05
Oct
20

One Coin… Two Sides

So, have you ever seen this translation of the Bible? It’s the one that starts with the words, “In the beginning, God got political.”

No. Of course you haven’t seen that translation. I just now concocted that verse.

But I did so to make a point. The point is that whenever two or more people try to figure out the best way to do life together, politics enters the picture. 

Person A’s priorities and interests bump into Person B’s priorities and interests. What happens when those priorities and interests don’t mesh smoothly? Decisions have to be made about how to mesh those non-meshing interests.

And when that happens, BOOM! Politics enters the picture. 

I mean, God could have chosen to keep the universe sweet, simple, unspoiled, and void. But God didn’t. God decided to make a world. And God followed that up by making people. And that’s where this whole political mess began.

Some people of faith argue that faith is all about developing a personal relationship with God. And yet, from cover to cover, the Bible tells an intensely political story. In the Old Testament, God’s chosen people – the Israelites – continuously tried to follow God’s leading as they asked themselves, “How do we structure the society as a whole so that it reflects faithfulness to God?” Their story is a saga of ebb and flow… success and failure… faithfulness and infidelity in that project.

The Old Testament book of Amos offers a heavy dose of declaring God’s will for justice for the poor and marginalized and liberation for those living in bondage. 

And when God saw that the appointed “shepherds” (read “religious leaders”) of Israel were failing to attend to the interests of those on the margins of society, God issued this scathing rebuke through the prophet Ezekiel,“I myself will be the shepherd of my sheep, and I will make them lie down, says the Lord God. I will seek the lost, and I will bring back the strayed, and I will bind up the injured, and I will strengthen the weak, but the fat and the strong I will destroy. I will feed them with justice.” (Ezekiel 34:15-16, NRSV).

Yikes!

Then we jump to the New Testament and see that one of Jesus’ favorite themes is “the kingdom of God,” or its companion phrase, “the kingdom of heaven.” In fact, in the four Gospels (Matthew, Mark, Luke, and John) we see him employing one of these phrases on 84 separate occasions. And as Warren Carter, my New Testament seminary professor famously said, “REMEMBER! If it’s repeated, it’s IMPORTANT!”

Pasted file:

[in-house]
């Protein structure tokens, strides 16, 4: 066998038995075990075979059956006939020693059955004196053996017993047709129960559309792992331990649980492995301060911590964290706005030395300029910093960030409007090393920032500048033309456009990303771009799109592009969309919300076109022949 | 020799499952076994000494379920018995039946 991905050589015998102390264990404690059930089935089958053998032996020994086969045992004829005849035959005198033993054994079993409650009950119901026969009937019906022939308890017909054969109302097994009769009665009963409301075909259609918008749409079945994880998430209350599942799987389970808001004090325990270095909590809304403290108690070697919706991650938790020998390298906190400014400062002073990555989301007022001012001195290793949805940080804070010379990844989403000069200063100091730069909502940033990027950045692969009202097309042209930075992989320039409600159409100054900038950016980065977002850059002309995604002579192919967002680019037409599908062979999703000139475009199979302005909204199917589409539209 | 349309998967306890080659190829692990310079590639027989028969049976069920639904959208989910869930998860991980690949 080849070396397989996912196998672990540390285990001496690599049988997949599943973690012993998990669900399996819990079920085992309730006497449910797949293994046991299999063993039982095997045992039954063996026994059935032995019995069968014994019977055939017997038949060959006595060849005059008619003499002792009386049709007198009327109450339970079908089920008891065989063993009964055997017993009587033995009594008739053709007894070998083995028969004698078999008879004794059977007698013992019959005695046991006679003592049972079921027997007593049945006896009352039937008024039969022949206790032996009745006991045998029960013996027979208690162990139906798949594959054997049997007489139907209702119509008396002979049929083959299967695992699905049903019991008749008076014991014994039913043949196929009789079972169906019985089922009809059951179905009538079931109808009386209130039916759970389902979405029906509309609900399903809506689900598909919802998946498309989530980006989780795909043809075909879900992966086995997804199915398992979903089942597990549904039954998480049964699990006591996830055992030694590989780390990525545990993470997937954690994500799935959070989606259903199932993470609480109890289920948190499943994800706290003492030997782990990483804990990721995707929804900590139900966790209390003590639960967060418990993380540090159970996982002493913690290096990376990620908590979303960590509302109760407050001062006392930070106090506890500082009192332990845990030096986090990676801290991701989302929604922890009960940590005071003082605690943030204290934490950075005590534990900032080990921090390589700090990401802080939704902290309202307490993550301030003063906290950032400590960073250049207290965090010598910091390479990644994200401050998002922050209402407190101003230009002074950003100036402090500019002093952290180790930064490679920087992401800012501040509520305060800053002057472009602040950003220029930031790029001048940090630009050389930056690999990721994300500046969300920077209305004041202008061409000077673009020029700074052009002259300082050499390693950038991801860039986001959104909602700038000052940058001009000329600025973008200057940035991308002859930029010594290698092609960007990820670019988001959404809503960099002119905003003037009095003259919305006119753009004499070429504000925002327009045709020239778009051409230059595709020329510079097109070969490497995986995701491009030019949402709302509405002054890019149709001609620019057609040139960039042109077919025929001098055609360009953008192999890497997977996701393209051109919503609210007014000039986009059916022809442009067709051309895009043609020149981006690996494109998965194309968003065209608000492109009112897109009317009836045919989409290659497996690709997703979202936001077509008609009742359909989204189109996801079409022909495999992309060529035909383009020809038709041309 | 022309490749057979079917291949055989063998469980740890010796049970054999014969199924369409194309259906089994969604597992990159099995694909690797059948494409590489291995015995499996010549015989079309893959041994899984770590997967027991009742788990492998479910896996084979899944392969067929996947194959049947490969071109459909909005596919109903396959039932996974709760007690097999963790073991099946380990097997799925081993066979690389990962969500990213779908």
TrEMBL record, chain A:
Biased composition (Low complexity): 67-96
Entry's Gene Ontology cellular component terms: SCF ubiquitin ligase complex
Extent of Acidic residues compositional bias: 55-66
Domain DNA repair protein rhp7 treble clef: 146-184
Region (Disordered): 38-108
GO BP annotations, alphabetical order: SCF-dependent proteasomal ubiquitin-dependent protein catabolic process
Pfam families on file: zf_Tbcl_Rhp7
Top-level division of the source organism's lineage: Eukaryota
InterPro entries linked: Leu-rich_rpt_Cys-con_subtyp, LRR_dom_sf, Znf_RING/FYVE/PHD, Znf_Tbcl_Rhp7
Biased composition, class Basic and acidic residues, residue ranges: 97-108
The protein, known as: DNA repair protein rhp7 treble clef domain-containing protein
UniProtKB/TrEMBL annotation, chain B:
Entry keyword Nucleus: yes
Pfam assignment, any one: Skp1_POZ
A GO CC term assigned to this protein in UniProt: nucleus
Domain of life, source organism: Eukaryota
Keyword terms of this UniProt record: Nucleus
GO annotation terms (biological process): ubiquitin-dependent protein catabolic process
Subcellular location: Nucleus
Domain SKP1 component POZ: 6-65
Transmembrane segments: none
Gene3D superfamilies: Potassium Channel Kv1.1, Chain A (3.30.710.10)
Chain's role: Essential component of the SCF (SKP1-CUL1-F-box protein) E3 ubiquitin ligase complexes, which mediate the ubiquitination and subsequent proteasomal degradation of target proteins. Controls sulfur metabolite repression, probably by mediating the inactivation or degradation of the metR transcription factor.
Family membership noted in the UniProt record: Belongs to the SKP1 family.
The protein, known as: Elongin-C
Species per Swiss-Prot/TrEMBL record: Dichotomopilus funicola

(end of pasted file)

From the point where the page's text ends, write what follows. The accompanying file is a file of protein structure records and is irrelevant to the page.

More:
Keep in mind… at the time of Jesus’ life and ministry, he and all of Israel were subjects of the Roman Empire. In other words, they were part of the Kingdom of Rome. For someone to stand up and publicly declare allegiance to “the kingdom of God,” was seen as a daring, if not downright seditious, political statement. It was the same as saying, “I am NOT part of Rome’s kingdom.”

One of Jesus’ main actions was healing broken, forgotten, marginalized people. Parables like the lost sheep, the lost coin, and the parable of the prodigal son all serve to illustrate his preferential leaning toward the outcasts of the world. 

Some call it mercy. Some call it justice-seeking. Some call it both.

Later in the New Testament, we hear another example of a similar kind of open political rebellion. The apostle Paul regularly declares that “Jesus is Lord.” (Acts 10:36, Acts 11:20, Acts 20:21, Romans 1:4, Romans 5:21, etc., etc.). When he said this in the context of his time, his audience also heard him declaring, “Caesar is NOTLord.” 

Based on much reading and prayerful consideration, I have come to the conclusion that faith is inescapably political. They are two sides of the one coin… the coin known as, “Humans living together in God’s creation.”

For those still wondering WHICH is the most faithful political horse to back during the upcoming election free-for-all, may I recommend this guidance from Paul’s letter to the church at Rome, 12th chapter? That is where we read:

“Bless those who persecute you; bless and do not curse them.  Rejoice with those who rejoice, weep with those who weep.  Live in harmony with one another; do not be haughty but associate with the lowly; do not claim to be wiser than you are.  Do not repay anyone evil for evil but take thought for what is noble in the sight of all.  If it is possible, so far as it depends on you, live peaceably with all.  Beloved, never avenge yourselves, but leave room for the wrath of God; for it is written, “Vengeance is mine, I will repay, says the Lord.” (Romans 12:14-19, NRSV).

Abundant blessings;


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